Designing for Informal Mentorship?

This might be a kind of rambly piece but I want to get my thoughts out
while I still have them kind of together.
I was in the middle of tracking down some literature for our
independent reading list for the Student Life and Learning redesign and
this concept of “informal mentoring” came up as related to, but
different than, apprenticeship. I am trying to get access to the
perfect article for this exact thing (but due to issues with the ERIC
database we’ll see…). Anyways, what we are really wanting in the SLL
space is a better sense of community and belonging as well as more
students taking advantage of the mentorship possibilities. The
apprenticeship literature isn’t really of help here, as we are not
wanting to enculturate undergraduates into practices (or careers) in
student services. So this concept of mentorship seems perfect!
Relationships between the undergrads and professional staff can help
students by providing a) access to more information, b) a human point
of contact within the amorphous and faceless “university”, c) students
with much needed personal recommendation letters, and probably other
things that I am not even thinking of. Designing with the intention of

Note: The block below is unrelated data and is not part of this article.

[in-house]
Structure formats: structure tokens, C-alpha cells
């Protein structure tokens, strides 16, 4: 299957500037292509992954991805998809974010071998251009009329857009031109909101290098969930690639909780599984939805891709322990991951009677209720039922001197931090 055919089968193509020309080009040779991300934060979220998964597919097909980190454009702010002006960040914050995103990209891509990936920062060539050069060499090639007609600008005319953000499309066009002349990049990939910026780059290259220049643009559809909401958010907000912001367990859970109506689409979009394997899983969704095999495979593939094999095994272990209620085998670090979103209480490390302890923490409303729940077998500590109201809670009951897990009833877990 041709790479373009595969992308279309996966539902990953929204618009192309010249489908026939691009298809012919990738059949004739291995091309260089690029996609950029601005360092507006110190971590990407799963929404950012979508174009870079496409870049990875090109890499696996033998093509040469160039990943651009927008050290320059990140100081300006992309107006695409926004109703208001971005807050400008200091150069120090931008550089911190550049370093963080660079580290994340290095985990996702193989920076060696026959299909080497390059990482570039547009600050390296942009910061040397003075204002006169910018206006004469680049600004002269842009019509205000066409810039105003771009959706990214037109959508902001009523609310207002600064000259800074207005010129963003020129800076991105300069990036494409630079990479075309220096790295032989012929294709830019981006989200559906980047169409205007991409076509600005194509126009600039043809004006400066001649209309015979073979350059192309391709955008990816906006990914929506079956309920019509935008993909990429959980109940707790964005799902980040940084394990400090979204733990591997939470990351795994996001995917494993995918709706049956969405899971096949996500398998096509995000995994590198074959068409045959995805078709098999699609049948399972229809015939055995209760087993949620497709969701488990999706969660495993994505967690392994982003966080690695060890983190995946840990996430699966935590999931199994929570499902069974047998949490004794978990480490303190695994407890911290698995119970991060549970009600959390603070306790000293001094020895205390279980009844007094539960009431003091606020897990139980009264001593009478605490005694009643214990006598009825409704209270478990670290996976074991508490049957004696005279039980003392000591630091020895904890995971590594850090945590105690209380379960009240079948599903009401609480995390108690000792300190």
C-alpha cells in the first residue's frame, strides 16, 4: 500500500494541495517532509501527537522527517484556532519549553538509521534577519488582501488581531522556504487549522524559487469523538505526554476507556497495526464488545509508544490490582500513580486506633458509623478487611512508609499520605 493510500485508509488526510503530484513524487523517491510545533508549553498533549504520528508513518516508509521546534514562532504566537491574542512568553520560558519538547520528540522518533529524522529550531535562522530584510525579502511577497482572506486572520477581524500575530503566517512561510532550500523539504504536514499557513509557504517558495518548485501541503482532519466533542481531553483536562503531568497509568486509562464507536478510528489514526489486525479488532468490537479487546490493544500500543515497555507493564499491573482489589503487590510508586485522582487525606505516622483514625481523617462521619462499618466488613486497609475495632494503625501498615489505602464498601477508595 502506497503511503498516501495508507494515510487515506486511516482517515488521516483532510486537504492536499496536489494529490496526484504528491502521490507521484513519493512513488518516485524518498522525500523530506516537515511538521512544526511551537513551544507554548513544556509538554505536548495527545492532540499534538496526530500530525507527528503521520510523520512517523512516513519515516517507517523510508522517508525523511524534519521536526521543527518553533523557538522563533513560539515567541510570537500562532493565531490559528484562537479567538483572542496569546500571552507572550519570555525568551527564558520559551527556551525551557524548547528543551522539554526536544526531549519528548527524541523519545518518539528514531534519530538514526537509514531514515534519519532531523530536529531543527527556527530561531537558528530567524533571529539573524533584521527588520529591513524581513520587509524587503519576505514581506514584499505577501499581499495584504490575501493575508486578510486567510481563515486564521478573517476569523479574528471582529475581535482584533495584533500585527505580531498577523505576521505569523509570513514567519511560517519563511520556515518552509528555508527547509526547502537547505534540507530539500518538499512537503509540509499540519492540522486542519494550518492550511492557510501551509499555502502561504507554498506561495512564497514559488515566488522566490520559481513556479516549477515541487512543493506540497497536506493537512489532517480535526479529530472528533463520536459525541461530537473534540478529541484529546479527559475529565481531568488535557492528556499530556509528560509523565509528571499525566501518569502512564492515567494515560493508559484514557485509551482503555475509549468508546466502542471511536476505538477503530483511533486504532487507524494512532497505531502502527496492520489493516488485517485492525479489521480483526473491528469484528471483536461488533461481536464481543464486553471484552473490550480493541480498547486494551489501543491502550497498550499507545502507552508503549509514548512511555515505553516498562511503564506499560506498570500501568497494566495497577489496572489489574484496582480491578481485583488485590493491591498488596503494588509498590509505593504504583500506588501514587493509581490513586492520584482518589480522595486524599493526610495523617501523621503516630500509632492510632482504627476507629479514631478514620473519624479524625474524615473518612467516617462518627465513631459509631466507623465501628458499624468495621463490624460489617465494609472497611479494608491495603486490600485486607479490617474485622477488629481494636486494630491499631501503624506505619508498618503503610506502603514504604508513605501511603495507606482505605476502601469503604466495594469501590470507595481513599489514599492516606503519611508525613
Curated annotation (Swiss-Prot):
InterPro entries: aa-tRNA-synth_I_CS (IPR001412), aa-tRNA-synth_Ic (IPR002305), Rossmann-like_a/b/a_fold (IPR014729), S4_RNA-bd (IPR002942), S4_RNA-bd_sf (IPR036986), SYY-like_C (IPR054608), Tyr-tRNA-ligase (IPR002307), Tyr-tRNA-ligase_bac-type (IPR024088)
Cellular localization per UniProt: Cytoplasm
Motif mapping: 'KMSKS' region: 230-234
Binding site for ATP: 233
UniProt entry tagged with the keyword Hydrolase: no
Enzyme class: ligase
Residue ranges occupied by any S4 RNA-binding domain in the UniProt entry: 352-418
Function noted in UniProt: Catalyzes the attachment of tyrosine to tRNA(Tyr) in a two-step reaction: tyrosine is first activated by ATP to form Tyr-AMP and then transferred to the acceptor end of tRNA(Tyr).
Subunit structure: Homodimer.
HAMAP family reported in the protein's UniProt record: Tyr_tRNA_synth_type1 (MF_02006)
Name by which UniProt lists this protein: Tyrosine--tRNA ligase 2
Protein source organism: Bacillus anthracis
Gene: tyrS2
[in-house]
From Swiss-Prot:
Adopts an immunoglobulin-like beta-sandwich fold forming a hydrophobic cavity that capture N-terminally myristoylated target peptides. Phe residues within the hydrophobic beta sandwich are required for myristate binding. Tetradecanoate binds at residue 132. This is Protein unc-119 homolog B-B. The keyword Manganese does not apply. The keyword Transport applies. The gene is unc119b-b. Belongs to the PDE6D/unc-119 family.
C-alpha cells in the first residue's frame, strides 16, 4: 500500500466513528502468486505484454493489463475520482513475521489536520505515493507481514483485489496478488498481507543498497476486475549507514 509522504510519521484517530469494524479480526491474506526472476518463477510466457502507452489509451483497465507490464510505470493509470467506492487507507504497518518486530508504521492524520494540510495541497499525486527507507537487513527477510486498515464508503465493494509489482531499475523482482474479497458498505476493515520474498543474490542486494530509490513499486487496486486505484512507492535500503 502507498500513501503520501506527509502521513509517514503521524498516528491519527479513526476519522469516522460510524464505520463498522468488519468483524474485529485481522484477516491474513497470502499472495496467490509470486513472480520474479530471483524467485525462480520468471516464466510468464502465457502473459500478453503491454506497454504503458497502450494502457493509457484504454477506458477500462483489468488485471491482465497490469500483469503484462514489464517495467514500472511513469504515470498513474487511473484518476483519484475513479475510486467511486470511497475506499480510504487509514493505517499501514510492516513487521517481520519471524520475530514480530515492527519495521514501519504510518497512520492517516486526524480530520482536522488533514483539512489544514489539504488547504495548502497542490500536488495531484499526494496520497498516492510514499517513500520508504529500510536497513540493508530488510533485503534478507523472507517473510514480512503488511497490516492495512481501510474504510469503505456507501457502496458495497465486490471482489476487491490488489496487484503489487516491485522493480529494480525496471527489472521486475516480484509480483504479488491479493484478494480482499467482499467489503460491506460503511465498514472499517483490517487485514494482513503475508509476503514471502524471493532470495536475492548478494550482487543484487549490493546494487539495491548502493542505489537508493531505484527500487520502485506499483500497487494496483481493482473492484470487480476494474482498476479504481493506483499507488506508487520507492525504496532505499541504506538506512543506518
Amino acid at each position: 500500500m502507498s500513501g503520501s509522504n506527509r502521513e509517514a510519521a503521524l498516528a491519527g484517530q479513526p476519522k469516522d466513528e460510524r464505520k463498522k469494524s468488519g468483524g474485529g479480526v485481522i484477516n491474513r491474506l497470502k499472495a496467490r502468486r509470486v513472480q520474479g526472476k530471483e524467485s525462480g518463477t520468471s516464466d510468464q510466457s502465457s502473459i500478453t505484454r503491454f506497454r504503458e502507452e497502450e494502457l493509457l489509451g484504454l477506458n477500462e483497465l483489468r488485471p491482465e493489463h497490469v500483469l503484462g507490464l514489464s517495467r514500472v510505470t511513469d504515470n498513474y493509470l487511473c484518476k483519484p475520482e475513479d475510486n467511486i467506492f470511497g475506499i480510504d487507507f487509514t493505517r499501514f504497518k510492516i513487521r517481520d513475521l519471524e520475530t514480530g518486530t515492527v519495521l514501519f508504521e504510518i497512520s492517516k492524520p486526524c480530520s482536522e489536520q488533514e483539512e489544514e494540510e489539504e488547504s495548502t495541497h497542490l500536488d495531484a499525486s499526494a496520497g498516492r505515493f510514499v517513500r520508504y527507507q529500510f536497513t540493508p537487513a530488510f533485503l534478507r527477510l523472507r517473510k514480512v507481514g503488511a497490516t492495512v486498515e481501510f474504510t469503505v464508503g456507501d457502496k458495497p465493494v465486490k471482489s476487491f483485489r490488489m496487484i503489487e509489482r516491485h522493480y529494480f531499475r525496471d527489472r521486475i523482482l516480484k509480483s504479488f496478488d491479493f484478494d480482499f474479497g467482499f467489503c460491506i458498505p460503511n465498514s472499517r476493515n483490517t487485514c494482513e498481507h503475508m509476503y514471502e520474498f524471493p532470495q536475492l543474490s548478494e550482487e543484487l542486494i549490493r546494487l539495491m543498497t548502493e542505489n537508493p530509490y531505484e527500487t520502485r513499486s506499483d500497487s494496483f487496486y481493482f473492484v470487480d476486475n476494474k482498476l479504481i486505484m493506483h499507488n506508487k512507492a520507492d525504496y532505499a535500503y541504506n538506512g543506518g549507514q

creating informal mentorships is somewhat of an oxymoron but a useful
goal. I think this really helps us to focus and get at the real “need”
that Rafi was pushing us about in class this past week.
I’m sure reading about this concept in the literature will shed some
light on what specifically we should be designing but right now I’m
thinking maybe it’s not about playing games at our series of “open
houses” but instead have group making projects at the open houses that
would promote informal interaction between and among all user groups
and also help to create a feeling of ownership in the space. Immediate
ideas that jump out are creating: a center banner that welcomes people
to the space and a collaborative mural for the long lonely hallway.

-Andi

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